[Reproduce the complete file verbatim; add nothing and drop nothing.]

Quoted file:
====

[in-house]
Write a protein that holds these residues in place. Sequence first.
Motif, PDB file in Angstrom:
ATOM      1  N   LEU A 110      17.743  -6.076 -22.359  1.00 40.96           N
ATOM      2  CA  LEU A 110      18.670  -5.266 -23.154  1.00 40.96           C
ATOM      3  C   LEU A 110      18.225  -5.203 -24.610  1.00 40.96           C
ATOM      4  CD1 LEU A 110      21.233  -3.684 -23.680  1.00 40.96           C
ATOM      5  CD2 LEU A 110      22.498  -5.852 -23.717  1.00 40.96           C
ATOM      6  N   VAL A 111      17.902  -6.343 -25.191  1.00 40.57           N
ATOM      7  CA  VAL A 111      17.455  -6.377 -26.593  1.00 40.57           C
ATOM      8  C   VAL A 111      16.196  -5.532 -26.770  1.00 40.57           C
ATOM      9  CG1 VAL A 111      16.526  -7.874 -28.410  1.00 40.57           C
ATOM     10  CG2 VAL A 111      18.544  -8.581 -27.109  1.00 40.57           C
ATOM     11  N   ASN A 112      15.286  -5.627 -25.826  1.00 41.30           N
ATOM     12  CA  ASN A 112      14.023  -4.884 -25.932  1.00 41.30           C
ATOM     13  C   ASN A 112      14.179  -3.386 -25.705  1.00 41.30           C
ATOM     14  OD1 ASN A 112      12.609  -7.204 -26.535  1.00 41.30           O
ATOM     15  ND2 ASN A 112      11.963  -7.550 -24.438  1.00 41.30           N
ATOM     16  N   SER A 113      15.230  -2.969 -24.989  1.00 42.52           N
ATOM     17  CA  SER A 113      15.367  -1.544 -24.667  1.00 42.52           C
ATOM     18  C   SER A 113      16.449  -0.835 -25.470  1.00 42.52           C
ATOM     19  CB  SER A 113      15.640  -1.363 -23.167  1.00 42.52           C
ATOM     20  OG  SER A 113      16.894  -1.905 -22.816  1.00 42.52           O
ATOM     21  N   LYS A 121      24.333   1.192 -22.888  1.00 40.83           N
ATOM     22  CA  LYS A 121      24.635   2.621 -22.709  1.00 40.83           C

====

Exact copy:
[in-house]
Write a protein that holds these residues in place. Sequence first.
Motif, PDB file in Angstrom:
ATOM      1  N   LEU A 110      17.743  -6.076 -22.359  1.00 40.96           N
ATOM      2  CA  LEU A 110      18.670  -5.266 -23.154  1.00 40.96           C
ATOM      3  C   LEU A 110      18.225  -5.203 -24.610  1.00 40.96           C
ATOM      4  CD1 LEU A 110      21.233  -3.684 -23.680  1.00 40.96           C
ATOM      5  CD2 LEU A 110      22.498  -5.852 -23.717  1.00 40.96           C
ATOM      6  N   VAL A 111      17.902  -6.343 -25.191  1.00 40.57           N
ATOM      7  CA  VAL A 111      17.455  -6.377 -26.593  1.00 40.57           C
ATOM      8  C   VAL A 111      16.196  -5.532 -26.770  1.00 40.57           C
ATOM      9  CG1 VAL A 111      16.526  -7.874 -28.410  1.00 40.57           C
ATOM     10  CG2 VAL A 111      18.544  -8.581 -27.109  1.00 40.57           C
ATOM     11  N   ASN A 112      15.286  -5.627 -25.826  1.00 41.30           N
ATOM     12  CA  ASN A 112      14.023  -4.884 -25.932  1.00 41.30           C
ATOM     13  C   ASN A 112      14.179  -3.386 -25.705  1.00 41.30           C
ATOM     14  OD1 ASN A 112      12.609  -7.204 -26.535  1.00 41.30           O
ATOM     15  ND2 ASN A 112      11.963  -7.550 -24.438  1.00 41.30           N
ATOM     16  N   SER A 113      15.230  -2.969 -24.989  1.00 42.52           N
ATOM     17  CA  SER A 113      15.367  -1.544 -24.667  1.00 42.52           C
ATOM     18  C   SER A 113      16.449  -0.835 -25.470  1.00 42.52           C
ATOM     19  CB  SER A 113      15.640  -1.363 -23.167  1.00 42.52           C
ATOM     20  OG  SER A 113      16.894  -1.905 -22.816  1.00 42.52           O
ATOM     21  N   LYS A 121      24.333   1.192 -22.888  1.00 40.83           N
ATOM     22  CA  LYS A 121      24.635   2.621 -22.709  1.00 40.83           C